In 2016, the passing rate for the English paper in Sijil Pelajaran Malaysia (SPM) was 79.4%. This achievement motivated the education ministry to push the bar even higher, setting the passing rate at 81% by 2020.
However, the reality is that achieving the target would require a lot of effort by all parties concerned. This would include introducing new language teaching and learning methods and a revamped English syllabus for schools.
I find that the most important measure to take to realise such an ambition is to have more English teachers like those of yesteryear. This is in addition to parents providing wholehearted support for children in learning the language.
When I think of the quality of English teachers back then, my mind goes to the late Lee Siew San. She taught Malaysia’s distinguished cartoonist Mohd Nor Khalid, better known as Lat, and inspired him to create the iconic character of Mrs Hew in his Kampung Boy series.
Lat recognised that beneath Lee’s stern exterior, she had a heart of gold. She relentlessly taught Lat and his friends in the village how to read, write and speak in English, eventually helping them go far in life.
Just imagine if all of us had a “Mrs Hew” of our own during our schooling years; that one teacher who worked relentlessly to get English into our hearts, to help us master at the very least the basic command of the language.
These teachers usually employ old-school methods in teaching English; stern and often with a cane in their hands. However, their austere manner often belied a heart so gracious that no matter what you throw at them, they will always be there for you to not only help you master English but make you a better person.
I came to know of my own “Mrs Hew” back in 1991 when I started Form 1. My English teacher then was Mr Choy Kim Chai, who also happened to be the Kemahiran Hidup teacher.
Since young, I had been exposed to English by my father who spoke the language fluently. He used to buy us English books and comics, one of which was Lat’s Kampung Boy.
However, Mersing, the place where I grew up, was just a small fishing town. The Malays there hardly spoke English.
With only a few friends who could converse in English, I did not have much opportunity to improve my command of the language. Mr Choy himself pointed out that to improve my proficiency in the language, I had to practise by speaking and writing. However, the circumstances made it difficult for me to do so.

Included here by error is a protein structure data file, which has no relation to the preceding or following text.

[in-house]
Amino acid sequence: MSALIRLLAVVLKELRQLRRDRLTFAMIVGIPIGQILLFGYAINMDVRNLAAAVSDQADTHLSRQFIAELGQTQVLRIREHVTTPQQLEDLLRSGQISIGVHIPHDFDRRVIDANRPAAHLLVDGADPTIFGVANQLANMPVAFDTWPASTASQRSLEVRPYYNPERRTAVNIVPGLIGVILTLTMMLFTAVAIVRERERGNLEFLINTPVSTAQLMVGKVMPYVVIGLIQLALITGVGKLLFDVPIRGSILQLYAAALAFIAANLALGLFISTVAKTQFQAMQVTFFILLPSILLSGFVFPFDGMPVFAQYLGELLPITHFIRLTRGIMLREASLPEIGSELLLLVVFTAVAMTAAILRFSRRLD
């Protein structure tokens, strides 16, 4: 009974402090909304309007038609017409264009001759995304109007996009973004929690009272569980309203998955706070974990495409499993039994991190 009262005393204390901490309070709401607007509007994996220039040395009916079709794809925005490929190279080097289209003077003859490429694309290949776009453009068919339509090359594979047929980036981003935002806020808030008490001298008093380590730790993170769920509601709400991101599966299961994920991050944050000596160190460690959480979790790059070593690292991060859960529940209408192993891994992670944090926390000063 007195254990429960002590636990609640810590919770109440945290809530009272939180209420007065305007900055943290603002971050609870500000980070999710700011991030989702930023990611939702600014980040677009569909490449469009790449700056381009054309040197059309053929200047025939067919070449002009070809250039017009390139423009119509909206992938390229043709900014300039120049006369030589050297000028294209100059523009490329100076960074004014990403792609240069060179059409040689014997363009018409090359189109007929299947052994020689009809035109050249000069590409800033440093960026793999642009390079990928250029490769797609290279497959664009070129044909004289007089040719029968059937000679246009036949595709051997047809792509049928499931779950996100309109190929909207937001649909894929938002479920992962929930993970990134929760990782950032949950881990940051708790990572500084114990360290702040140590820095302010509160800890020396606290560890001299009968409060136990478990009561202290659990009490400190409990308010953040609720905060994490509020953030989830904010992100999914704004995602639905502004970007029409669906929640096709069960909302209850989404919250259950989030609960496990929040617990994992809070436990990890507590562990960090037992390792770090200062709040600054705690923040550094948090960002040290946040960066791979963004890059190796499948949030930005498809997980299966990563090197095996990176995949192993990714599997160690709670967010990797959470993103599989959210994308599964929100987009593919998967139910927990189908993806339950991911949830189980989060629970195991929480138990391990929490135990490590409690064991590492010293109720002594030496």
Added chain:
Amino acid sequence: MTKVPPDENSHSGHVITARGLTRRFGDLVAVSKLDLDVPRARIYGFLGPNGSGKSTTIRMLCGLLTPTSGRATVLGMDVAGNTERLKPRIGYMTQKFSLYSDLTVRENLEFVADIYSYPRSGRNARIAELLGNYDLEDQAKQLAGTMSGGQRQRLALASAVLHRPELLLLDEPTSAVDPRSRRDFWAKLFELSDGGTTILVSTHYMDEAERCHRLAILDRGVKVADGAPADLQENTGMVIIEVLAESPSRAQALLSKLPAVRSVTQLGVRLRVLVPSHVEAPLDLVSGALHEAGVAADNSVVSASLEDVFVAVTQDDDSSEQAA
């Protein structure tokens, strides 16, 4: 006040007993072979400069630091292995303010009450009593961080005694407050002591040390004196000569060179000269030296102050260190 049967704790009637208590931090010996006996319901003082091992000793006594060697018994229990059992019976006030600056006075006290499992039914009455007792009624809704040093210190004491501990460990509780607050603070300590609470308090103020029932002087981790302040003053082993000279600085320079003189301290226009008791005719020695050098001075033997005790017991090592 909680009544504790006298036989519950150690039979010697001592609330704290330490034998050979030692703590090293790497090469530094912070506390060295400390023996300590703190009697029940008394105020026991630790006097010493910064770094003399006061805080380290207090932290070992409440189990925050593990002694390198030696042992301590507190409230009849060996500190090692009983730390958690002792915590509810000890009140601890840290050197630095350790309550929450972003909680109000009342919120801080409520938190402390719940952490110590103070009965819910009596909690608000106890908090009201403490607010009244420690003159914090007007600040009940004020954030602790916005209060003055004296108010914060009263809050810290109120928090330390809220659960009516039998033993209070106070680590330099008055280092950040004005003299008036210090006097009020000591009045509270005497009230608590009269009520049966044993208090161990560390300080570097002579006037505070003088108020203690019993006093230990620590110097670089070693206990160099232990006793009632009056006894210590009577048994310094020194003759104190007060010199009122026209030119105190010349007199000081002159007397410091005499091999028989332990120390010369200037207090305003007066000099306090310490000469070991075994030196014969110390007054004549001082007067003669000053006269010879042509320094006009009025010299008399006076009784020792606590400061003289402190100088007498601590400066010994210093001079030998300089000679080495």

My eagerness to learn English caused me to be mocked, shunned at and laughed at by my friends back then who thought I wanted to be a Mat Salleh (Englishman). Mr Choy, however, kept encouraging me to speak the language and told me to ignore what others said.
I have fond memories of Mr Choy. He was the one who encouraged me to take part in English competitions, from spelling bees to essay-writing, most of which I did miserably due to my terrible grammar. However, Mr Choy kept telling me to push ahead and not give up on improving my English.
He once joked that if I wanted to gain more knowledge, I should learn English, but if I wanted to woo the girls, I should learn French instead.
I have admittedly been caned by Mr Choy in the quest to improve my proficiency of the language, but it was not something that I remember in bitterness.
I owe a lot to Mr Choy for the level of English that I have achieved until now. My improved command of the language has given me an edge in many areas.
While I was in university, where reference books tended to be in English, my ability to understand the language was a great advantage. Now, as a journalist, it enables me to conduct interviews in the language with great confidence.
Mrs Hew and Mr Choy are just two examples of how English teachers can change our lives by inspiring us to master the language. However, nowadays, how many parents lambast teachers over their children’s poor command of English?
I believe there are still many teachers like Mrs Hew and Mr Choy out there.
Today, my 12-year-old daughter has a decent command of English, thanks to her English teachers. The same teachers also instilled in her a passion for writing. I, too, have been encouraging her to speak and write in the language and am happy to note that she has taken to writing as I did.
The poor mastery of the English language among Malaysians is a serious matter. Melaka Chief Minister Idris Haron once expressed to me how disheartened he was by the level of English proficiency among state government officers, especially those at Grade 41 and above.
This situation is worrying for the state government, especially as Melaka is trying to establish itself as an international port. Idris said the state government has been doing everything it could to improve English proficiency among its staff.
Grade 41 officers are usually degree holders, so having degree holders who are unable to speak proper English raises questions about the level of English education in the country.
How are we to create a better English-speaking generation? For me, the answer is to have more teachers like Mrs Hew and Mr Choy in our schools, and parents who are sincerely keen to see their children improve their mastery of English.
(This commentary is the personal opinion of the writer, Fadzli Ramli, and does not necessarily reflect Bernama’s stand on the issue.)